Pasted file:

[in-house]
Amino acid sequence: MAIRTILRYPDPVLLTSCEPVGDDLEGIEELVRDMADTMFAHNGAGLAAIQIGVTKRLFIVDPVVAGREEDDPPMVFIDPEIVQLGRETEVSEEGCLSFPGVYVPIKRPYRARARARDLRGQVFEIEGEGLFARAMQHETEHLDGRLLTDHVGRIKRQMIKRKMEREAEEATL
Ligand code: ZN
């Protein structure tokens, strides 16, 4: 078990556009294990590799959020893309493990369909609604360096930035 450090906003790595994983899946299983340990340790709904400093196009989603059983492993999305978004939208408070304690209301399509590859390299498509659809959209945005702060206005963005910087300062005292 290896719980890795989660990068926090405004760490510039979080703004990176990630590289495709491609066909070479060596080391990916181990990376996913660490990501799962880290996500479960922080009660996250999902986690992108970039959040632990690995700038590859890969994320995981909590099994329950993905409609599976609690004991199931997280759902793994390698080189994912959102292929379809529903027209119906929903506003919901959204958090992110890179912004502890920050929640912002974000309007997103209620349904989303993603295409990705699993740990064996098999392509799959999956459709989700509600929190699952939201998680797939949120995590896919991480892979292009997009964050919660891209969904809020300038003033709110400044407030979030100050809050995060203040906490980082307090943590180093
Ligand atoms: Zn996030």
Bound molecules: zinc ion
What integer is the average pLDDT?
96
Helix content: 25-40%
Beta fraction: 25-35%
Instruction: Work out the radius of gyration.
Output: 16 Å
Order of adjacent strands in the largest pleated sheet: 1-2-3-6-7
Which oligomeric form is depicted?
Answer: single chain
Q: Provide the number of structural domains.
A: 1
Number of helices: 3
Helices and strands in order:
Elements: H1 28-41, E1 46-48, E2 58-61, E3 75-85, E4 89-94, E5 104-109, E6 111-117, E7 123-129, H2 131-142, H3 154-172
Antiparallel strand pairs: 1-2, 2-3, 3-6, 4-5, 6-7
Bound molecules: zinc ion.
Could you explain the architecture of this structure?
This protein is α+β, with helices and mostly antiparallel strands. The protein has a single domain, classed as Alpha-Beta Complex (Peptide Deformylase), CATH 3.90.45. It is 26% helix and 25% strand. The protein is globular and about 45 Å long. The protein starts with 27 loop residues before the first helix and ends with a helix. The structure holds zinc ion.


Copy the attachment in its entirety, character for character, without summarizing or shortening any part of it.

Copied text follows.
[in-house]
Amino acid sequence: MAIRTILRYPDPVLLTSCEPVGDDLEGIEELVRDMADTMFAHNGAGLAAIQIGVTKRLFIVDPVVAGREEDDPPMVFIDPEIVQLGRETEVSEEGCLSFPGVYVPIKRPYRARARARDLRGQVFEIEGEGLFARAMQHETEHLDGRLLTDHVGRIKRQMIKRKMEREAEEATL
Ligand code: ZN
């Protein structure tokens, strides 16, 4: 078990556009294990590799959020893309493990369909609604360096930035 450090906003790595994983899946299983340990340790709904400093196009989603059983492993999305978004939208408070304690209301399509590859390299498509659809959209945005702060206005963005910087300062005292 290896719980890795989660990068926090405004760490510039979080703004990176990630590289495709491609066909070479060596080391990916181990990376996913660490990501799962880290996500479960922080009660996250999902986690992108970039959040632990690995700038590859890969994320995981909590099994329950993905409609599976609690004991199931997280759902793994390698080189994912959102292929379809529903027209119906929903506003919901959204958090992110890179912004502890920050929640912002974000309007997103209620349904989303993603295409990705699993740990064996098999392509799959999956459709989700509600929190699952939201998680797939949120995590896919991480892979292009997009964050919660891209969904809020300038003033709110400044407030979030100050809050995060203040906490980082307090943590180093
Ligand atoms: Zn996030």
Bound molecules: zinc ion
What integer is the average pLDDT?
96
Helix content: 25-40%
Beta fraction: 25-35%
Instruction: Work out the radius of gyration.
Output: 16 Å
Order of adjacent strands in the largest pleated sheet: 1-2-3-6-7
Which oligomeric form is depicted?
Answer: single chain
Q: Provide the number of structural domains.
A: 1
Number of helices: 3
Helices and strands in order:
Elements: H1 28-41, E1 46-48, E2 58-61, E3 75-85, E4 89-94, E5 104-109, E6 111-117, E7 123-129, H2 131-142, H3 154-172
Antiparallel strand pairs: 1-2, 2-3, 3-6, 4-5, 6-7
Bound molecules: zinc ion.
Could you explain the architecture of this structure?
This protein is α+β, with helices and mostly antiparallel strands. The protein has a single domain, classed as Alpha-Beta Complex (Peptide Deformylase), CATH 3.90.45. It is 26% helix and 25% strand. The protein is globular and about 45 Å long. The protein starts with 27 loop residues before the first helix and ends with a helix. The structure holds zinc ion.